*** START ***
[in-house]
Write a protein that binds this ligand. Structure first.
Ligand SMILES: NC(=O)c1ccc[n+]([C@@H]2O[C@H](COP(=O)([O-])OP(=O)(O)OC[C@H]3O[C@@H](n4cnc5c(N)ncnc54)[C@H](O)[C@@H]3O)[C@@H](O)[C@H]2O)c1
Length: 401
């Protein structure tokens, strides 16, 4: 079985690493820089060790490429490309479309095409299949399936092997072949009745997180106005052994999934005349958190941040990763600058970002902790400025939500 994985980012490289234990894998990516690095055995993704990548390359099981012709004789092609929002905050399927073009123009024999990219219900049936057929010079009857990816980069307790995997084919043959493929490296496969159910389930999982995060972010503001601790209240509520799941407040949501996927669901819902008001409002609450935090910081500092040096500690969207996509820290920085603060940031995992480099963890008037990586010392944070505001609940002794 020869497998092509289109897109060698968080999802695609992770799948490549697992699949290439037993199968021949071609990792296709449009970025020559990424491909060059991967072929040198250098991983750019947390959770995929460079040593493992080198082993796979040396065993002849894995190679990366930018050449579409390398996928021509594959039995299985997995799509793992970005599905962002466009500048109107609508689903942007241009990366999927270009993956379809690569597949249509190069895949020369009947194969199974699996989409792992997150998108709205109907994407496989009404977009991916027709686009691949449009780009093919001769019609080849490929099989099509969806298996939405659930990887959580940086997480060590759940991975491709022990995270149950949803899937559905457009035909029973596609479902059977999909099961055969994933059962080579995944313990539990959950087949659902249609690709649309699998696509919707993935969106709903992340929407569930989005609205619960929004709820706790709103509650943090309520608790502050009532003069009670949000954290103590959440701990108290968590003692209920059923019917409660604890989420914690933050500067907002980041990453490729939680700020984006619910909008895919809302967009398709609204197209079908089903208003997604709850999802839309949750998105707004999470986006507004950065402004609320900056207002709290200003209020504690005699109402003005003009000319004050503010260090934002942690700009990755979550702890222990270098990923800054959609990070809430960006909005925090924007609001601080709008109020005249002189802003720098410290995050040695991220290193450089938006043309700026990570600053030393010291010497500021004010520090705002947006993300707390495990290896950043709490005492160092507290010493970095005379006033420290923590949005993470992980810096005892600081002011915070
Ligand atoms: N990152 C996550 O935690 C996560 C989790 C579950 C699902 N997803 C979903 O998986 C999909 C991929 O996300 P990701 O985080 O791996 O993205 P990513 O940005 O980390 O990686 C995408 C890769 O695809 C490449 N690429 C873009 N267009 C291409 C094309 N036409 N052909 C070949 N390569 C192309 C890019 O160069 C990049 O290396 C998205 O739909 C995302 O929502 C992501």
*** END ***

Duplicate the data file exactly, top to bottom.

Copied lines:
[in-house]
Write a protein that binds this ligand. Structure first.
Ligand SMILES: NC(=O)c1ccc[n+]([C@@H]2O[C@H](COP(=O)([O-])OP(=O)(O)OC[C@H]3O[C@@H](n4cnc5c(N)ncnc54)[C@H](O)[C@@H]3O)[C@@H](O)[C@H]2O)c1
Length: 401
């Protein structure tokens, strides 16, 4: 079985690493820089060790490429490309479309095409299949399936092997072949009745997180106005052994999934005349958190941040990763600058970002902790400025939500 994985980012490289234990894998990516690095055995993704990548390359099981012709004789092609929002905050399927073009123009024999990219219900049936057929010079009857990816980069307790995997084919043959493929490296496969159910389930999982995060972010503001601790209240509520799941407040949501996927669901819902008001409002609450935090910081500092040096500690969207996509820290920085603060940031995992480099963890008037990586010392944070505001609940002794 020869497998092509289109897109060698968080999802695609992770799948490549697992699949290439037993199968021949071609990792296709449009970025020559990424491909060059991967072929040198250098991983750019947390959770995929460079040593493992080198082993796979040396065993002849894995190679990366930018050449579409390398996928021509594959039995299985997995799509793992970005599905962002466009500048109107609508689903942007241009990366999927270009993956379809690569597949249509190069895949020369009947194969199974699996989409792992997150998108709205109907994407496989009404977009991916027709686009691949449009780009093919001769019609080849490929099989099509969806298996939405659930990887959580940086997480060590759940991975491709022990995270149950949803899937559905457009035909029973596609479902059977999909099961055969994933059962080579995944313990539990959950087949659902249609690709649309699998696509919707993935969106709903992340929407569930989005609205619960929004709820706790709103509650943090309520608790502050009532003069009670949000954290103590959440701990108290968590003692209920059923019917409660604890989420914690933050500067907002980041990453490729939680700020984006619910909008895919809302967009398709609204197209079908089903208003997604709850999802839309949750998105707004999470986006507004950065402004609320900056207002709290200003209020504690005699109402003005003009000319004050503010260090934002942690700009990755979550702890222990270098990923800054959609990070809430960006909005925090924007609001601080709008109020005249002189802003720098410290995050040695991220290193450089938006043309700026990570600053030393010291010497500021004010520090705002947006993300707390495990290896950043709490005492160092507290010493970095005379006033420290923590949005993470992980810096005892600081002011915070
Ligand atoms: N990152 C996550 O935690 C996560 C989790 C579950 C699902 N997803 C979903 O998986 C999909 C991929 O996300 P990701 O985080 O791996 O993205 P990513 O940005 O980390 O990686 C995408 C890769 O695809 C490449 N690429 C873009 N267009 C291409 C094309 N036409 N052909 C070949 N390569 C192309 C890019 O160069 C990049 O290396 C998205 O739909 C995302 O929502 C992501």